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22 April 2007

Warning examples for would-be futures analysts

We have recently begun following the quirky Paleo-Future blog out of the horrifying spectacle that one day our own forecasts may be featured therein - though we are comforted in that our writings will no doubt likely remain quite obscure, especially in comparison to things such as AT&T advertising or Apple's early pop culture visions. But we learned early to always be mindful of the examples of other’s mistakes, in order to seek to avoid them ourselves.

Collections such as Paleo-Future serve to point out well that most of what passes for futures analysis is merely a concise summation of the features of the present, exaggerated in a manner which reflects the interests and cognitive biases of the day. And while the future may already be here in uneven distribution, interesting parts of that future also emerges at the intersection of today’s forces and drivers that create complex higher order effects in ways that will always be difficult to predict. That’s why futures studies will remain just as much of a job as any other part of the intelligence equation.

We have been troubled by the lack of effective predictive analysis tradecraft in most intelligence analysis instruction, and a deep misunderstanding of futures studies techniques displayed on the part of many of the faculty and students emerging from typical academic programs. The process of authoring a fifteen year out-years assessment is far different than developing key judgments for an estimate regarding a current intelligence problem, but it seems too few times are those differences recognized or addressed.

This failure is not for lack of resources. The futures studies field has been producing a body of literature that frankly already nearly exceeds that of the intelligence studies academia, from a much smaller base of much younger institutions. The basic text as always remains the Art of the Long View, but there are numerous others tackling applications ranging from business strategy, technology developments, and a number of key national intelligence questions. Demonstrated project efforts abound, most notably in the United Kingdom’s multiple horizon scanning efforts, the National Intelligence Council’s excellent recurring series, and other private sector efforts. And for as much as Proteus is cited for its conclusions regarding the potential intelligence environment of 2020, the process by which it was developed is equally ignored.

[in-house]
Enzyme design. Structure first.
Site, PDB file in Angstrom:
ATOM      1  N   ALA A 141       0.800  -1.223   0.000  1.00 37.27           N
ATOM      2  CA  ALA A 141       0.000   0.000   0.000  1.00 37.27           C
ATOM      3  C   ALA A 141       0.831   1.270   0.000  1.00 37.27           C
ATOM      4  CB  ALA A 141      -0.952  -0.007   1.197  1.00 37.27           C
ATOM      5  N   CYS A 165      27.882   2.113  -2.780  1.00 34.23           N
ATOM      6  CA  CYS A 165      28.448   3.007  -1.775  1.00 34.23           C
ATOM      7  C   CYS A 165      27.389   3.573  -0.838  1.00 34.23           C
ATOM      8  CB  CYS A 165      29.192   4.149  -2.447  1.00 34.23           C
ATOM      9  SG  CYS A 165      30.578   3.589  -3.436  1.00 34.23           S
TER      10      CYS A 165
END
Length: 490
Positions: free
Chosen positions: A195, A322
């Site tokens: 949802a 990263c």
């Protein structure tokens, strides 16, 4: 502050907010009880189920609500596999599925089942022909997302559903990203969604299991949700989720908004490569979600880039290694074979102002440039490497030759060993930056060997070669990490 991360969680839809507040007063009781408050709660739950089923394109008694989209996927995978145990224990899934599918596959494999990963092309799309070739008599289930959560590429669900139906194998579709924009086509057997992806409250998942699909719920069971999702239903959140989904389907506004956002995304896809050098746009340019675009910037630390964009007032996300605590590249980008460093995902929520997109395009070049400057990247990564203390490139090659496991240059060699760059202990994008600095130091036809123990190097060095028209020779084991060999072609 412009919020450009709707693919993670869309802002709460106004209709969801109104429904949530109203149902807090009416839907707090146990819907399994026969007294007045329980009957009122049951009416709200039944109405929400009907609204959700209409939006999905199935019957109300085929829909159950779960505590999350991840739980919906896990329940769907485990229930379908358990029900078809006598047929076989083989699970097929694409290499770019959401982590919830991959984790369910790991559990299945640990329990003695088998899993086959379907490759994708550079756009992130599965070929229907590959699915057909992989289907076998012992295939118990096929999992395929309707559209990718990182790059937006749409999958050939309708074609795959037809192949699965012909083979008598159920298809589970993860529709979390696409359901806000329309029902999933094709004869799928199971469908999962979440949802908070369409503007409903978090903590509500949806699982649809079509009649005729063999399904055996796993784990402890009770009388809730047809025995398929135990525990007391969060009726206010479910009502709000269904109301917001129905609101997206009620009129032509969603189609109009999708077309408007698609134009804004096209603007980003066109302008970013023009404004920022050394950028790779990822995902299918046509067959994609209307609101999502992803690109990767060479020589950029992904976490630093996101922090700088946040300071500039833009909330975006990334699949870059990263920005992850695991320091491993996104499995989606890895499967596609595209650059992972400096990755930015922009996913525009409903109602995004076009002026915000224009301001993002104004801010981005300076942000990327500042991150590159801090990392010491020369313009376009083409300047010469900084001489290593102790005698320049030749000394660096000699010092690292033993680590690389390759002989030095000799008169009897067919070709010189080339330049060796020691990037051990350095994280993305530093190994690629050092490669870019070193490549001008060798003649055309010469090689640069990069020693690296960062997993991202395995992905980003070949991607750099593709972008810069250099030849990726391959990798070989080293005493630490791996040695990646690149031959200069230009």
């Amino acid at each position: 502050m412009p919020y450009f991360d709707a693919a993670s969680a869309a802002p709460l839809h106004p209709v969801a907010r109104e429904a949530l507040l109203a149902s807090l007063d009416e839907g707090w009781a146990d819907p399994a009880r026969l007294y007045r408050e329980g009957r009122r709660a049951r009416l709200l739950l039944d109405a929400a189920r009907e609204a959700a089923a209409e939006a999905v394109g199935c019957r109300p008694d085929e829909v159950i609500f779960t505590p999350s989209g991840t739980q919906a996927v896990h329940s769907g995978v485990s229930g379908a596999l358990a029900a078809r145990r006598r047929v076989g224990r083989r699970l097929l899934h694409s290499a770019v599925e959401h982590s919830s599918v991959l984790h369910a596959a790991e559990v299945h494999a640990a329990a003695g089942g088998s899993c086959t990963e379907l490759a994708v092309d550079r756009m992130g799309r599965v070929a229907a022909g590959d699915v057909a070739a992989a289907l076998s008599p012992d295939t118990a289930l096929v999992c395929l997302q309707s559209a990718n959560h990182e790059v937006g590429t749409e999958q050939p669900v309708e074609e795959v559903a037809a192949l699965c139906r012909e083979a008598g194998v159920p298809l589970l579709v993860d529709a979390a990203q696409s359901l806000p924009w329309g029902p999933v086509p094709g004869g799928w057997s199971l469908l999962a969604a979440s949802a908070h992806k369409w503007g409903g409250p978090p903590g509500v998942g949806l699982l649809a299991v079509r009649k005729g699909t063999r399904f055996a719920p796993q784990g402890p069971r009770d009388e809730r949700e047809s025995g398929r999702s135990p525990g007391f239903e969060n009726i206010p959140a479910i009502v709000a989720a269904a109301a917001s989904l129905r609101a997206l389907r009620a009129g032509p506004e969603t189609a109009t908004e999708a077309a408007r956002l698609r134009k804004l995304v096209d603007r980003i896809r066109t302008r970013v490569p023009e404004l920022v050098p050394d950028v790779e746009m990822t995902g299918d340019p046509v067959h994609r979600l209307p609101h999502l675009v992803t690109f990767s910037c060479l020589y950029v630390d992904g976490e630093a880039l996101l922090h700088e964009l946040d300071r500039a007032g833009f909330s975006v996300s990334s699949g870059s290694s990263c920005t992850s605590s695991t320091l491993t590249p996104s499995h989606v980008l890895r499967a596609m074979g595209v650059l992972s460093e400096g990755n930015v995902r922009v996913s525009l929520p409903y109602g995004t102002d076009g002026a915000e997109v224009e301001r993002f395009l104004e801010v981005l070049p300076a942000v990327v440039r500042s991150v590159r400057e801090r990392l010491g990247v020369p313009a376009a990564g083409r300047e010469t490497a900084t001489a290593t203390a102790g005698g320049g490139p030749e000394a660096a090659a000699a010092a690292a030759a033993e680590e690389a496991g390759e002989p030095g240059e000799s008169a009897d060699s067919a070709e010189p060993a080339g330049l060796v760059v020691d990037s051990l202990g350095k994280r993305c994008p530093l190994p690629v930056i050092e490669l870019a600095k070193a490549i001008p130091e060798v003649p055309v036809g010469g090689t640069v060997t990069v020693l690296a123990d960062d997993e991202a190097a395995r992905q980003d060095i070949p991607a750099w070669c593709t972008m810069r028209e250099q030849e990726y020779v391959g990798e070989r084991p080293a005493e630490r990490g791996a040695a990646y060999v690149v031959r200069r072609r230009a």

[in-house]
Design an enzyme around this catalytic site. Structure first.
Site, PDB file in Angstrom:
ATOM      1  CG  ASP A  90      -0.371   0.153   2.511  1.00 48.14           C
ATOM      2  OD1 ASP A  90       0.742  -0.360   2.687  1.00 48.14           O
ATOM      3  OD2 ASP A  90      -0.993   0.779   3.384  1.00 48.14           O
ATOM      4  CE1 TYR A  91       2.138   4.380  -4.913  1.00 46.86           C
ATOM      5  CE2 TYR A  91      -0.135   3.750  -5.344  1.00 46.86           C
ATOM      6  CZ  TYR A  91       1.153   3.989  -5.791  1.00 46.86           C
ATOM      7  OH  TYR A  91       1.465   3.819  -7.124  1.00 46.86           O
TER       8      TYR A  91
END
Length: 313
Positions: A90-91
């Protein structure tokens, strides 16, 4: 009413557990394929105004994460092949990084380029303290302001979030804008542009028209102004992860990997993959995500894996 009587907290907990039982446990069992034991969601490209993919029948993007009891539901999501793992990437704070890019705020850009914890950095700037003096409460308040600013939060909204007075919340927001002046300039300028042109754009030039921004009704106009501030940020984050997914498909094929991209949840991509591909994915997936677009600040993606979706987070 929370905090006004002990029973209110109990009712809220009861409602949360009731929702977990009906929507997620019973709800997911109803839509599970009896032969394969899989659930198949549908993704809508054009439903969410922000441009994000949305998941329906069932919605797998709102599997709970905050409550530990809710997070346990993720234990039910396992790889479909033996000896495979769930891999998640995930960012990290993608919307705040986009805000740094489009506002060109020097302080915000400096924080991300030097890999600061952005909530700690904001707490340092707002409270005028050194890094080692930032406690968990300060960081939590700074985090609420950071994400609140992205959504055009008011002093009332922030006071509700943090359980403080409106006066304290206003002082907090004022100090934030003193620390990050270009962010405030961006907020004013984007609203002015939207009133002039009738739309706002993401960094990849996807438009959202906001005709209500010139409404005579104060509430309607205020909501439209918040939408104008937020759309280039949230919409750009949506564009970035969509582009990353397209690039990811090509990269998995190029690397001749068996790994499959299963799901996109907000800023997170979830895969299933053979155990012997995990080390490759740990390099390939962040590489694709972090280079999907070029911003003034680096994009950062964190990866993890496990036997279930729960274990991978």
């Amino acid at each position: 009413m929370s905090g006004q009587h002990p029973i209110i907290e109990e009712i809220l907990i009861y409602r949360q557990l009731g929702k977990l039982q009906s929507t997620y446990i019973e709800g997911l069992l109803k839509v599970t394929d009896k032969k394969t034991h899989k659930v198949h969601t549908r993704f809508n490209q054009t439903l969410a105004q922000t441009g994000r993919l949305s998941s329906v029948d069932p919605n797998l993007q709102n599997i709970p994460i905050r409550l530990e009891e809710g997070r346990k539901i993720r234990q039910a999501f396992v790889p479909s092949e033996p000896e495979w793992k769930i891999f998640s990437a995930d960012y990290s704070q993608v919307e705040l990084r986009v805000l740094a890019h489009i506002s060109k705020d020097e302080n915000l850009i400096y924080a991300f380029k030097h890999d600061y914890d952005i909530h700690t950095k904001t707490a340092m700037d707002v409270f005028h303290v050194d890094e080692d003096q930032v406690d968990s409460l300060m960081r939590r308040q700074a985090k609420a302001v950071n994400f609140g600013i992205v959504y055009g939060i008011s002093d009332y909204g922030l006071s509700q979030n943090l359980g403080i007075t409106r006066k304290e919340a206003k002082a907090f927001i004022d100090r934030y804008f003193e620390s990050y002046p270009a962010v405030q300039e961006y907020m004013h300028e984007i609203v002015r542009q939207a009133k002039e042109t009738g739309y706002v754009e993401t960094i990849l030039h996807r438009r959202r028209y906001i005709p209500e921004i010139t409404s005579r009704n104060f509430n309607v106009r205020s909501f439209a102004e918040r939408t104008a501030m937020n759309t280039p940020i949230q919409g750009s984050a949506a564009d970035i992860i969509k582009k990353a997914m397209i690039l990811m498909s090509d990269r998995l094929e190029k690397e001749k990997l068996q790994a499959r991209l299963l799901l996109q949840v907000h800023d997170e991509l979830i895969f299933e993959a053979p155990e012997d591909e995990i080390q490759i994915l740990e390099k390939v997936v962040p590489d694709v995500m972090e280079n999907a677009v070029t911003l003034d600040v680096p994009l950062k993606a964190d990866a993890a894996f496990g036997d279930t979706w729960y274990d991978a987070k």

This issue ties into the greater concerns regarding the lack of strategic imagination and strategic thinking within the intelligence community. It is widely acknowledged that the overwhelming press of current intelligence demands continues to rob time and effort that might otherwise have been devoted to longer term concerns, and to the kinds of interactions that lead to creativity and insight in futures problems. But it is hard to worry about tomorrow when one is always fighting fires today. Even when scarce time and analytical resources are devoted to futures studies questions, they often focus on easy, media-centric shibboleths which are politicized from the start by their very nature.

Futures studies, forecasting, and other forms of predictive analysis deserve far more attention than they current receive. There is some hope on the horizon, as some of the best in the community are shifting posture to emphasize a far more forward looking, forward leaning approach in intelligence studies – integrating predictive and opportunity analysis at every level. Hopefully, these efforts and their follow-on imitators bring new focus to futures intelligence.

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